More particularly, for common inductor widths 20 and 320 the inductor 300 may provide a metal surface cross-section width greater than that provided by a solid portion cross-section 50 of the line inductor 10. The metal surface cross-section width along the width 320 is defined by the total of the five top line surface 424 widths 420 and the eight interior sidewall surface 426 and two outer edge wall surface 421 heights. Thus, where the sum of the spacings 332 between adjacent inductor stripe lines 330 is less than the sum of the interior sidewall heights 412, the total inductor 300 metal surface width along the cross-section illustrated in
Moreover, by specifying constant height and width 412, 420 and spacing 332 dimensions over the length L 340, a chip designer may provide for a constant skin effect resistance performance along the entire length L 340 of the inductor 300. This may be contrasted with the conventional inductor 10, which is only compliant with high-performance RF CMP design rules after creation of the plurality of holes 22 produced by post-design cheesing techniques outside of the control of the chip designer. And as the cheesed array pattern 24 does not provide consistent cross-sectional surface area dimensions along the length L 40 of the inductor 10, the effective resistance along the surface of the inductor 10 varies dependent upon the number of holes 22 or portions thereof present within any particular cross-section location, resulting in different resistance values along the length L 40 of the inductor 10. The different surface areas along the length L 40 of the conventional cheesed inductor 10 caused by an irregular array pattern 24 also causes perturbations in inductor resistance and reduces the overall Q factor of the inductor 10 as the RF signals travel along the inductor 10.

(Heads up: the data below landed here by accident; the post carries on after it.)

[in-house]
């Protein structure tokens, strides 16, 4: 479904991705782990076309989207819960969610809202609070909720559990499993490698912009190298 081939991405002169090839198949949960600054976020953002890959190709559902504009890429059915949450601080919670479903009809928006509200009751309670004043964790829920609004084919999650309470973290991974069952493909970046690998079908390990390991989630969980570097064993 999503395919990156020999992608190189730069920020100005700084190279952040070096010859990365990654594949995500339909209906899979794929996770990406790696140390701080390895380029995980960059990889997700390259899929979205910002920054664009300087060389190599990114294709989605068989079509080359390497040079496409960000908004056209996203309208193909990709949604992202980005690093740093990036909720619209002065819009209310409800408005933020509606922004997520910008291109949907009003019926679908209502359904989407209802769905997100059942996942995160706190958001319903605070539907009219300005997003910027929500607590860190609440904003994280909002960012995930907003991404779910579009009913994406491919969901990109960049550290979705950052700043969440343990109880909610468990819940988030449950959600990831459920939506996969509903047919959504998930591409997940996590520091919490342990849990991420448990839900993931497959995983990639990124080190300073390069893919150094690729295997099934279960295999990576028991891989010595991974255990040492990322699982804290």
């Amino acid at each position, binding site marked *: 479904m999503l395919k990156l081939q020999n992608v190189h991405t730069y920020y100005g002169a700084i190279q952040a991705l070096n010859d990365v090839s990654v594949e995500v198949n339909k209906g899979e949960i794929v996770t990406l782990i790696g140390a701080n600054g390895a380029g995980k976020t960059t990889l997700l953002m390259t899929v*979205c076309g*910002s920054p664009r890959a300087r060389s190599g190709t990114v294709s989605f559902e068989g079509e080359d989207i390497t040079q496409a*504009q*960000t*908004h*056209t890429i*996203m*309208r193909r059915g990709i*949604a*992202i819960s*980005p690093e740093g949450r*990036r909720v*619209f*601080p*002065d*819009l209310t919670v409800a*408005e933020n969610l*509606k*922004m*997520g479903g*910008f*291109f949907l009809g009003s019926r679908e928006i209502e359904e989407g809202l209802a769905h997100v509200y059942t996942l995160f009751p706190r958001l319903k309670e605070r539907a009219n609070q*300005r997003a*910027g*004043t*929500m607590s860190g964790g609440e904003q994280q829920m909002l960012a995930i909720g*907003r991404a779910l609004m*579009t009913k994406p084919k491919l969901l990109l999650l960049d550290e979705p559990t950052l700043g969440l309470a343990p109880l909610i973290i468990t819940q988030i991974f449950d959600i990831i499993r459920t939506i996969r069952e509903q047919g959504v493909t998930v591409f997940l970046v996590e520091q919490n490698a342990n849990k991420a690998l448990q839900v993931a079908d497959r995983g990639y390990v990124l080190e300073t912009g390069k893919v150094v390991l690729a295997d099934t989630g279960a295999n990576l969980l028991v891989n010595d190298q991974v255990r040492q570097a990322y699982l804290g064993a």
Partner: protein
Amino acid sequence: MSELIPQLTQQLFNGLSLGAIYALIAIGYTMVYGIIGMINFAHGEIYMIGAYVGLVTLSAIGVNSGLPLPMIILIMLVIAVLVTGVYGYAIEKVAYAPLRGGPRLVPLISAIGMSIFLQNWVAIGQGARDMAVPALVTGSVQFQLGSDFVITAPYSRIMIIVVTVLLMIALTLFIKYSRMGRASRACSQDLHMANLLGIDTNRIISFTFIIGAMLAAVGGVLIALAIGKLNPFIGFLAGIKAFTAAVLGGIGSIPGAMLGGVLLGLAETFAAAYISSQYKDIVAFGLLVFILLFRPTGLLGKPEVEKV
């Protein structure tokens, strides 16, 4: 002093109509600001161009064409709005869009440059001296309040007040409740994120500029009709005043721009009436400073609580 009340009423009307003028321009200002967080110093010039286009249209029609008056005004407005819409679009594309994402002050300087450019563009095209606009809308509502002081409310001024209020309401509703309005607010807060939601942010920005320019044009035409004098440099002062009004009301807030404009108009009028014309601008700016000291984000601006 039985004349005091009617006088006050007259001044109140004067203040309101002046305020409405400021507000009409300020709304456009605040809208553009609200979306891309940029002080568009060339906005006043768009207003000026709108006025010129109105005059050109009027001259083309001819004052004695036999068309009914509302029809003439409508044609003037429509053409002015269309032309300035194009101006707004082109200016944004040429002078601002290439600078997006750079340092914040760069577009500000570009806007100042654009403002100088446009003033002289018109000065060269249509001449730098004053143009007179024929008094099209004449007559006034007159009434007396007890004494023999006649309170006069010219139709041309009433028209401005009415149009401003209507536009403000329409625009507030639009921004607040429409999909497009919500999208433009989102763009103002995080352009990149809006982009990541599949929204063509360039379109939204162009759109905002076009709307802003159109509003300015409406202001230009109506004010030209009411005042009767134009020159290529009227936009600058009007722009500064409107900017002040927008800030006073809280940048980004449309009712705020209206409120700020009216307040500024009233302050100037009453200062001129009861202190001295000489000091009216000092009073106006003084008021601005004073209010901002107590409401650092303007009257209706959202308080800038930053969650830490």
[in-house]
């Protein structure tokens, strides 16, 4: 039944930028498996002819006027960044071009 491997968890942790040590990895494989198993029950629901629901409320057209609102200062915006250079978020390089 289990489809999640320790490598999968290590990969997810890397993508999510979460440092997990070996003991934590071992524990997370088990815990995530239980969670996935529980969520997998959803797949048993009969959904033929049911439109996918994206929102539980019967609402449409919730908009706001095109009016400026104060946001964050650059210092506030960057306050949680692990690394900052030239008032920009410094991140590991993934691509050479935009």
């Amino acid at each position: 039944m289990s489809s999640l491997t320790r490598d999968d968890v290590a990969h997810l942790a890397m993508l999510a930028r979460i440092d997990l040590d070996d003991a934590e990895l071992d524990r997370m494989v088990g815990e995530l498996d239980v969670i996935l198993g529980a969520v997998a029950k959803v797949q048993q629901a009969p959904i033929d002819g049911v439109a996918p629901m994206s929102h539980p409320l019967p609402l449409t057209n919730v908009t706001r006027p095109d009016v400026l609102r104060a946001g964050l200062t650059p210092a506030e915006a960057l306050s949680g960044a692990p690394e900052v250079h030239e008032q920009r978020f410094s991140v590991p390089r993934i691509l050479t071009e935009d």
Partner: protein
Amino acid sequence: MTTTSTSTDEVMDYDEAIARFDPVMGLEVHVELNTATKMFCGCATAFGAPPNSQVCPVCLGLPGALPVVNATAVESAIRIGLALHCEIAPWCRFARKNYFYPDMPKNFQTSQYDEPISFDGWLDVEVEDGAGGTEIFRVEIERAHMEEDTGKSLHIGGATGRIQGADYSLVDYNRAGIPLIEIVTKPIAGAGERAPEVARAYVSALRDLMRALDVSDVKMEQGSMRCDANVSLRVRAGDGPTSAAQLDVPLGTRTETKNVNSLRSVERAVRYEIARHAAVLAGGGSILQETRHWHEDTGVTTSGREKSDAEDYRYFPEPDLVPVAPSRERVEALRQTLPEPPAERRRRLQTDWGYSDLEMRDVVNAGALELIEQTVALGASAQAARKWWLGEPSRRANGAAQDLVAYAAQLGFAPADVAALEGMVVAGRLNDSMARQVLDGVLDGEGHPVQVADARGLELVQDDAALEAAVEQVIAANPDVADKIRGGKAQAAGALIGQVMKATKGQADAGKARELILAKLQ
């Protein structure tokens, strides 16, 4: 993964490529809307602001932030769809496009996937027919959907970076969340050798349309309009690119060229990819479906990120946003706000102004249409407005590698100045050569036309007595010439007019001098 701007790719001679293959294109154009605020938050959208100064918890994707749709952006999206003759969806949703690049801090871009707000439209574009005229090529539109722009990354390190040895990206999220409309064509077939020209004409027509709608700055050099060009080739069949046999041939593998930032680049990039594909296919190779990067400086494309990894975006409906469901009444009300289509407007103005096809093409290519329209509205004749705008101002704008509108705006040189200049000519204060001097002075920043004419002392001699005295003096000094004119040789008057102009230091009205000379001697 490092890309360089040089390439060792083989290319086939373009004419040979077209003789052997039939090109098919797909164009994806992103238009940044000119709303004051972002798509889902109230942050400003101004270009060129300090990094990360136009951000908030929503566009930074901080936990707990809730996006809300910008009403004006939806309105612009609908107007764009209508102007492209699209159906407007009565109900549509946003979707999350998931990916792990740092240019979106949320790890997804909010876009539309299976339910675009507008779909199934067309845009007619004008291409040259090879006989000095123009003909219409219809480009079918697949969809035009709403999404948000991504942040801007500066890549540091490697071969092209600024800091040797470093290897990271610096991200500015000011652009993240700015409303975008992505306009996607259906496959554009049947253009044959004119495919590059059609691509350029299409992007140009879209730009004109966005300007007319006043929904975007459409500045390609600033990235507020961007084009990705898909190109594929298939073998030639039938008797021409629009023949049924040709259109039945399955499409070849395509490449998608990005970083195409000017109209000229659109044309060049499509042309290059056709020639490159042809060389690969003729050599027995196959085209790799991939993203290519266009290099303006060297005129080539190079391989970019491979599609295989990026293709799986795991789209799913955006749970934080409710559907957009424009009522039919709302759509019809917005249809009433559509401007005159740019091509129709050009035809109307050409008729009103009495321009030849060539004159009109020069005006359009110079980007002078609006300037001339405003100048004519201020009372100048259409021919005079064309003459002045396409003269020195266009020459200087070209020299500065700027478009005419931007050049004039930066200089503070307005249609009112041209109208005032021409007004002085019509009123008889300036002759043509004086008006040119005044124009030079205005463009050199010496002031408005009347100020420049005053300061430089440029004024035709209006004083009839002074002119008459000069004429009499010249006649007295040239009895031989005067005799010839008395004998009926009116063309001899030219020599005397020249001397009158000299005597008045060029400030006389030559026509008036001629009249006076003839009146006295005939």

Since the split line 330 widths 420 and spacing 332 are designed as a function of applicable DRC design rules, there is no need to perform computationally expensive post-design CMP ratio rule execution routines to determine whether or not the inductor 300 design satisfies this ratio, thereby providing chip production and cost efficiencies for reducing post-process verification steps. Moreover, by avoiding the post-design cheesing process steps required in manufacturing of the conventional inductor 10, the inductor 300 has better uniformity than the conventional inductor 10, whose physical property is randomly modulated by the post-design cheesing process required to meet the CMP ratio. This also enables the inductor 300 to provide a better model-to-hardware correlation than that provided by the conventional cheesed inductor 10.
Thus, the inductor 300 has a metal area density controlled by DRC CMP ratio rules specific for the appropriate chip yield and performance parameters during its initial design. In one aspect, the metal line width 420 and line spacing 332 are within a DRC rule check range, with maximum and minimum metal line width 420 and minimum line spacing 332 specified during the design as a function of the DRC rules. In one example, an inductor 300 compliant with sub-100 nm DRC design rules, including CMP ratios for a 10 GHz application, has a split line 330 width 420 minimum of about 0.8 microns and a maximum of about 8 microns, with a minimum metal line spacing 332 of about 0.8 microns.